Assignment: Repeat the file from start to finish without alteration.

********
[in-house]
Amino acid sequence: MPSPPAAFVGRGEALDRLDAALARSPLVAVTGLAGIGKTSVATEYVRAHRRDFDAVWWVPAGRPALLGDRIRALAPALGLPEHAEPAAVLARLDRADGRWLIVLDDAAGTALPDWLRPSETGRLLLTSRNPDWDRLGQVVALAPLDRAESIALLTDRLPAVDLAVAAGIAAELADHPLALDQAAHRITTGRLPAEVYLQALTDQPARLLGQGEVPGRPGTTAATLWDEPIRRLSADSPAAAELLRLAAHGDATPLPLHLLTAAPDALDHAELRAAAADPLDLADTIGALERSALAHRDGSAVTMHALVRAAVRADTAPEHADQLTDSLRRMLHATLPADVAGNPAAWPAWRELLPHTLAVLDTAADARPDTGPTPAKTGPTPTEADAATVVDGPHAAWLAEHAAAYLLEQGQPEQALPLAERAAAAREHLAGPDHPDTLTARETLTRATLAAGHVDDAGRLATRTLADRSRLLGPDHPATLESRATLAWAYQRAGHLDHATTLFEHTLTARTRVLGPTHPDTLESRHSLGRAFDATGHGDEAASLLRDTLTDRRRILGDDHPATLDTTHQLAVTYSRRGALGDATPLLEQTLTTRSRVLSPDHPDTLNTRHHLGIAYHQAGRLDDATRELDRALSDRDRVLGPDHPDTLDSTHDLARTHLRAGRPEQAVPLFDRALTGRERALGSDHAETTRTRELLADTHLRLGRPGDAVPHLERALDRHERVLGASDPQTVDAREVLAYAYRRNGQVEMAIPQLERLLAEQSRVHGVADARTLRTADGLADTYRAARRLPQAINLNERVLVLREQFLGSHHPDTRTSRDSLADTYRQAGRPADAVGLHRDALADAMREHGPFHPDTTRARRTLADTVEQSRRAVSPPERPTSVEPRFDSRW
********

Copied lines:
[in-house]
Amino acid sequence: MPSPPAAFVGRGEALDRLDAALARSPLVAVTGLAGIGKTSVATEYVRAHRRDFDAVWWVPAGRPALLGDRIRALAPALGLPEHAEPAAVLARLDRADGRWLIVLDDAAGTALPDWLRPSETGRLLLTSRNPDWDRLGQVVALAPLDRAESIALLTDRLPAVDLAVAAGIAAELADHPLALDQAAHRITTGRLPAEVYLQALTDQPARLLGQGEVPGRPGTTAATLWDEPIRRLSADSPAAAELLRLAAHGDATPLPLHLLTAAPDALDHAELRAAAADPLDLADTIGALERSALAHRDGSAVTMHALVRAAVRADTAPEHADQLTDSLRRMLHATLPADVAGNPAAWPAWRELLPHTLAVLDTAADARPDTGPTPAKTGPTPTEADAATVVDGPHAAWLAEHAAAYLLEQGQPEQALPLAERAAAAREHLAGPDHPDTLTARETLTRATLAAGHVDDAGRLATRTLADRSRLLGPDHPATLESRATLAWAYQRAGHLDHATTLFEHTLTARTRVLGPTHPDTLESRHSLGRAFDATGHGDEAASLLRDTLTDRRRILGDDHPATLDTTHQLAVTYSRRGALGDATPLLEQTLTTRSRVLSPDHPDTLNTRHHLGIAYHQAGRLDDATRELDRALSDRDRVLGPDHPDTLDSTHDLARTHLRAGRPEQAVPLFDRALTGRERALGSDHAETTRTRELLADTHLRLGRPGDAVPHLERALDRHERVLGASDPQTVDAREVLAYAYRRNGQVEMAIPQLERLLAEQSRVHGVADARTLRTADGLADTYRAARRLPQAINLNERVLVLREQFLGSHHPDTRTSRDSLADTYRQAGRPADAVGLHRDALADAMREHGPFHPDTTRARRTLADTVEQSRRAVSPPERPTSVEPRFDSRW